We interrupt the muggings to bring you an update on the labyrinth.
My lovely first wife had been bugging me about what I wanted “to do” for my birthday, i.e., what exotic, extravagant trip would I like to take? NYC, which is always good? A quiet beach somewhere? I found that whatever I considered, I didn’t really want/need it.
I finally realized that what I wanted to do was to stay home and work in my labyrinth. So I took Thursday and Friday off with definite plans. I was going to a) build the permanent fire pit; b) create the stone circle for the westpoint; and c) install a sound system.
I wish I could relate a tale of hard work and satisfaction, a rebuilding of my soul and all that good stuff. Alas, it didn’t quite turn out that way. My spirit is not crushed and I am not defeated, but the whole thing is a bit of a shambles.
First, muscles in my lower back spasmed last weekend while I was moving firewood. So there went the permanent fire pit, with its lifting of some four dozen heavy landscaping stones multiple times. (It also means there’s still half a pile of firewood in the driveway.)
The stone circle was smoother on its path to failure. For background, see here. Simple idea, and not too terribly difficult in execution. I set up my drill press on the work table:
I had measured where I wanted to drill the hole, and you can see my cleverly arranged piece of wood which gave me a uniform block against which to put the outer edge. Drilling the pieces took very little time and was a pleasure.
I threaded each piece onto a cable:
Simple, simple, simple. The big issue was the base pieces, but even that was simple: drill a hole for the cable to go through, and then from the bottom drill a larger hole for the rebar or whatever I was going to stick the thing on, and the smaller hole intersected the larger one. Worked like a charm.
Lovely. Perfect. Except it didn’t work.
The theory was that like an arch the stones would be self-compressing; the cable was there to keep them in line. However, the stones were too uneven to function like a classical arch, and the whole thing just flopped over when I tried to stand it up. Not enough rigidity, and I’ll hear none of that from the likes of you, thank you.
So the westpoint once again lies dormant while I figure out the next step.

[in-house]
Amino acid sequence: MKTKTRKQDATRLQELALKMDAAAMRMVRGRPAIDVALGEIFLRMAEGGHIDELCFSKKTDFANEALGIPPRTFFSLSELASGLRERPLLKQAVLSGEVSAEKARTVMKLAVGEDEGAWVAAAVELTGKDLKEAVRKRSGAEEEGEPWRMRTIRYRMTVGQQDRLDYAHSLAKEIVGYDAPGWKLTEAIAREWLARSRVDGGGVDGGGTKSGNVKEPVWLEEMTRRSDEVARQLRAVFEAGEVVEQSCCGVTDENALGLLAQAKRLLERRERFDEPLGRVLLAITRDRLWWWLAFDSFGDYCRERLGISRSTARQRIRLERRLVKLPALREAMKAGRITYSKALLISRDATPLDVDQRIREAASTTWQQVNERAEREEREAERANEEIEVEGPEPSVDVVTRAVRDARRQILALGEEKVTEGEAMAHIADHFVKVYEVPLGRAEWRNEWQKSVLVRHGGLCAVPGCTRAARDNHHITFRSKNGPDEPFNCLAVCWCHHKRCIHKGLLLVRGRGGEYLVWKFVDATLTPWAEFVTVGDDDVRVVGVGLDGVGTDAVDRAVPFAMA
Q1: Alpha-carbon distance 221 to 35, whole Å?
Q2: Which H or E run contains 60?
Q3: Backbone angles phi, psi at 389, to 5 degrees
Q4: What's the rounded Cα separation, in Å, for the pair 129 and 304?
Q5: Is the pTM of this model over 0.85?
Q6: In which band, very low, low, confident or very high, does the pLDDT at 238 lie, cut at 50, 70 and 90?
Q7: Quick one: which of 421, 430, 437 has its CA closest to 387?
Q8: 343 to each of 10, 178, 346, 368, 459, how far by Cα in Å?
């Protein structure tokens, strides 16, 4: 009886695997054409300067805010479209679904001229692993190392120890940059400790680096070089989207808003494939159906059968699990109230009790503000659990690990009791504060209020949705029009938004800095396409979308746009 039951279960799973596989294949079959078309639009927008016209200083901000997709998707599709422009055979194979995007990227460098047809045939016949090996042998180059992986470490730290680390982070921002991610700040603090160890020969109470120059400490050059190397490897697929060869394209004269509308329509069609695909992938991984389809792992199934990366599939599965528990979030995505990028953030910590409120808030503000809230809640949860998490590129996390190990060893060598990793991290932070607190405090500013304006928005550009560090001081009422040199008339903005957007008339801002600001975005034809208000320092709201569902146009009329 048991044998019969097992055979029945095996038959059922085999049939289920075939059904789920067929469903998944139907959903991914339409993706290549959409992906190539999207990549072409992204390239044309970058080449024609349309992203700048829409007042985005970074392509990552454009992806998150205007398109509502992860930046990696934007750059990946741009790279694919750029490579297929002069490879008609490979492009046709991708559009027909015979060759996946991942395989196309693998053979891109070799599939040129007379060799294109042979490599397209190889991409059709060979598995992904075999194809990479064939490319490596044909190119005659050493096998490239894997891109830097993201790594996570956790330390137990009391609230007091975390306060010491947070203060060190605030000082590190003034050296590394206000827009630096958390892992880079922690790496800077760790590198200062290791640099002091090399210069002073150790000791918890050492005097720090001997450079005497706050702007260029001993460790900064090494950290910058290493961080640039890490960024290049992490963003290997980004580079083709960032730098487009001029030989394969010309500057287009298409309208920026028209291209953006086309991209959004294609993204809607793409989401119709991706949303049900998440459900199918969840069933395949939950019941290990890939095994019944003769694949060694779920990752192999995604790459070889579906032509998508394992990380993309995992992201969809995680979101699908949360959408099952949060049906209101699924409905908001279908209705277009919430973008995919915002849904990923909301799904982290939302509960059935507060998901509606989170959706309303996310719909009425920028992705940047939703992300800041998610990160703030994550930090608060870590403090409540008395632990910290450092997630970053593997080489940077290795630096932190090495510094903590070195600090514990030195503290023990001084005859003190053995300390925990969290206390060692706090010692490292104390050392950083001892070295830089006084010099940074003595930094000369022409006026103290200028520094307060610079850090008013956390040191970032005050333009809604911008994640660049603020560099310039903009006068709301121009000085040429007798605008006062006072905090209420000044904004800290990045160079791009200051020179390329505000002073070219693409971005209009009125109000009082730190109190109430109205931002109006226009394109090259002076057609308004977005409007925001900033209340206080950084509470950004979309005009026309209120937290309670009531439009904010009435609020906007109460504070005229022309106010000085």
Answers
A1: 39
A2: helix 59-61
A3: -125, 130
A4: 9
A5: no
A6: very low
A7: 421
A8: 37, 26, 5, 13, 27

That was Thursday. Friday, I tackled the sound system. The goal was to install speakers that would a) be weather-resistant, i.e., I could leave them outside permanently; and b) spread the sound more evenly across the space. For instance, when walking the labyrinth it was often hard to hear quiet music from the front of the labyrinth while rounding the far curves.
After much internet search, I found speakers that were in-ground and seemed to be just the thing. No, I didn’t want the fake rock ones, or worse, squirrels or flower pots. I ordered two, one for the northwest corner (by the dancing faun), and one for the front entrance.
I trenched in the cable (I now have 400 additional feet of bury-able speaker cable…) but left the speakers not buried so I can make final adjustments for the best sound.
The amp I ordered came in right after lunch, and I won’t bore you with the scrambling I had to do to get the bare speaker cables hooked up to the RCA inputs on the amp. Short version: it seems to work and to work well. I think the sound quality is not quite as good as the Califone portable boombox system I had been using—not enough highs or separation—but for basking in the labyrinth or hard sessions of meditative work, it should be fine.
The only glitch in my plan at the moment is that I awoke to rain, which puts the completion of the system on hold. It also means that I won’t be able to be out in the labyrinth tonight to celebrate my birthday.
Oh well. Successive approximation. Onward, if not exactly excelsior.